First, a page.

-How pathetic is that?
And this from the brilliant minds of writers who gave us inspired and beguiling series such as these:
And clever creative novels such as these:
Sadly, it's true. There's no helping it: David Brin is an Obamabot, and John C. Wright is a Teatard.
Not that it is a big secret—all one needs is take a look at their blogs, the bombastic reductionist Contrary Brin and the vainglorious sophomoric John C. Wright's Journal.
I thought once how it could have been of interest if both authors were to be thrown together in one room, or invited to a picnic, perhaps to some luncheon on the grass, and see what would come of it. But then again, considering the content of their blogs, it probably would be awfully boring. Besides, this kind of dynamic is exactly how any genuine debate about anything of meaning has been confiscated in this country—like with the major non-debate over healthcare reform.
Sometimes one might find it hard to think of the writer and the blogger as the same person.
Though, to be fair, some of David Brin's most recent novels, Earth (1990) and the newly released Existence are both pretty vapid and dated by today's standards. The concept of man-made black hole is by no means original (it certainly is not now, and it was not in 1990 either), and insofar as the author's take on the information age is concerned, well, let us just say that it is no Neuromancer (William Gibson) or Archangel Protocol (Lydia Morehouse's fourth installment in the series, Apocalypse Array, made the short list for the Philip K. Dick award) or even, on a slightly different, yet related register, Edmundo Paz Soldán's excellent Turing's Delirium (tip of the hat to Lisa Carter for her exquisite translation).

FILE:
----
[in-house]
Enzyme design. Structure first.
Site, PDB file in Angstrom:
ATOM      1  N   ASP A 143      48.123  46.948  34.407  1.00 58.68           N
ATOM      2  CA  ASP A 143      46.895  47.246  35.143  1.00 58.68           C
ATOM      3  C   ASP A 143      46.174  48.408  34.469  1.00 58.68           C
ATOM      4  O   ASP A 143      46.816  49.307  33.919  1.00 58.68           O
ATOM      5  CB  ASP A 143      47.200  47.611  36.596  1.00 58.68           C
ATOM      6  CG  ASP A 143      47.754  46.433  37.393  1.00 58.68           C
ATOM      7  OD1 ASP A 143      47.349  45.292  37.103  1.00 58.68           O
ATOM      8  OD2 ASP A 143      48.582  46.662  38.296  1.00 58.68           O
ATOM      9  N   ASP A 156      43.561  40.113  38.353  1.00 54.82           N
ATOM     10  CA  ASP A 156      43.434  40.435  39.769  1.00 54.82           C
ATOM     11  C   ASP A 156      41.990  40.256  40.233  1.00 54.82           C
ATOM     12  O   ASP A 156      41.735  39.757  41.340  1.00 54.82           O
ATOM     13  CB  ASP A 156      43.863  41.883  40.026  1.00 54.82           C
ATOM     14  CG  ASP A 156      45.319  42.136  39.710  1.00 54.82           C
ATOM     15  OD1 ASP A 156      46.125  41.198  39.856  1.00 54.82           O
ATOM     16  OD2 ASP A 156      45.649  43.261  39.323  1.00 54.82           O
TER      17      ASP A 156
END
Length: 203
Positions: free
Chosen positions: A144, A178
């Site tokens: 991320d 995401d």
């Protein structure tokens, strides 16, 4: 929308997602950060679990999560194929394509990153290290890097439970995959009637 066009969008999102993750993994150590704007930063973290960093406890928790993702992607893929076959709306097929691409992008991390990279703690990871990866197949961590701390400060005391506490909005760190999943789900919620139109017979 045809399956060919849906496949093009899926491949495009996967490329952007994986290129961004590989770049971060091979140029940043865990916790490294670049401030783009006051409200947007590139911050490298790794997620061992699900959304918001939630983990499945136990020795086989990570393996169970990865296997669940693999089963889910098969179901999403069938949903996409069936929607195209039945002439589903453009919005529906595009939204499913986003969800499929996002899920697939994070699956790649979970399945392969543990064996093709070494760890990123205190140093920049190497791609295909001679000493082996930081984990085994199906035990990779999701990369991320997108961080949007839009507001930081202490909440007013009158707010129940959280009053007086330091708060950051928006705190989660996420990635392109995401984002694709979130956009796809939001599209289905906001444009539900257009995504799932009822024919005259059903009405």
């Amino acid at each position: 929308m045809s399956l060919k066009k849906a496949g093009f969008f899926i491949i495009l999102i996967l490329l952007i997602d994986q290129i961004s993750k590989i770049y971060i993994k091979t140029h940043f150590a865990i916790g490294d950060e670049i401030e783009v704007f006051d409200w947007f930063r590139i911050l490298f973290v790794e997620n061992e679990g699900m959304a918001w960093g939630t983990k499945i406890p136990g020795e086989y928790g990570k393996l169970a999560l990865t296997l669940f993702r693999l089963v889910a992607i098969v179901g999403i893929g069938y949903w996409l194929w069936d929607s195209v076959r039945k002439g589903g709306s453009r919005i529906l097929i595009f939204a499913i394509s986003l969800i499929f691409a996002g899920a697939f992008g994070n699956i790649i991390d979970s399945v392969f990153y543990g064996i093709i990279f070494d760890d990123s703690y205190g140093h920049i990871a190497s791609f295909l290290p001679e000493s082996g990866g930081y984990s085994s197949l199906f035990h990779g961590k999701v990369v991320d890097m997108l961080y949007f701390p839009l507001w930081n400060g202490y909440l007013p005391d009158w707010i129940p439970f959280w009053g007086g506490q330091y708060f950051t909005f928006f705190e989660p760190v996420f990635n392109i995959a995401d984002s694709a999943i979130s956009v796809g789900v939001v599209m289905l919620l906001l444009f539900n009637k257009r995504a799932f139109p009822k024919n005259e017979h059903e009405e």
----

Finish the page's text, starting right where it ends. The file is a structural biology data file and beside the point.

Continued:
I would blame it on old age, but David is 61, and John is only 51, furthermore David Brin's excellent Kiln People postdates his lackluster Earth by twelve years.
All in all, it could be that it comes down to a matter of right brain versus left brain thinking.
David Brin is better when he is able to let go and actually write Speculative Fiction—as opposed to just uninspiring prognostications about the near future.
Or, as Frank Herbert keenly put it in Dune Genesis (Omni Magazine, July 1980):
(And more poetically in Children of Dune:)
Overall, both authors do better when they use their right brain. (John C. Wright's The Last Guardian of Everness is truly remarkable in that regard.)
Still, it saddens me what a shill for the Man David Brin has become: When he is not writing or blogging, David consults and speaks for a wide variety of groups interested in the future, ranging from Defense Department agencies and the CIA to Protect & Gamble, SAP and other major corporations.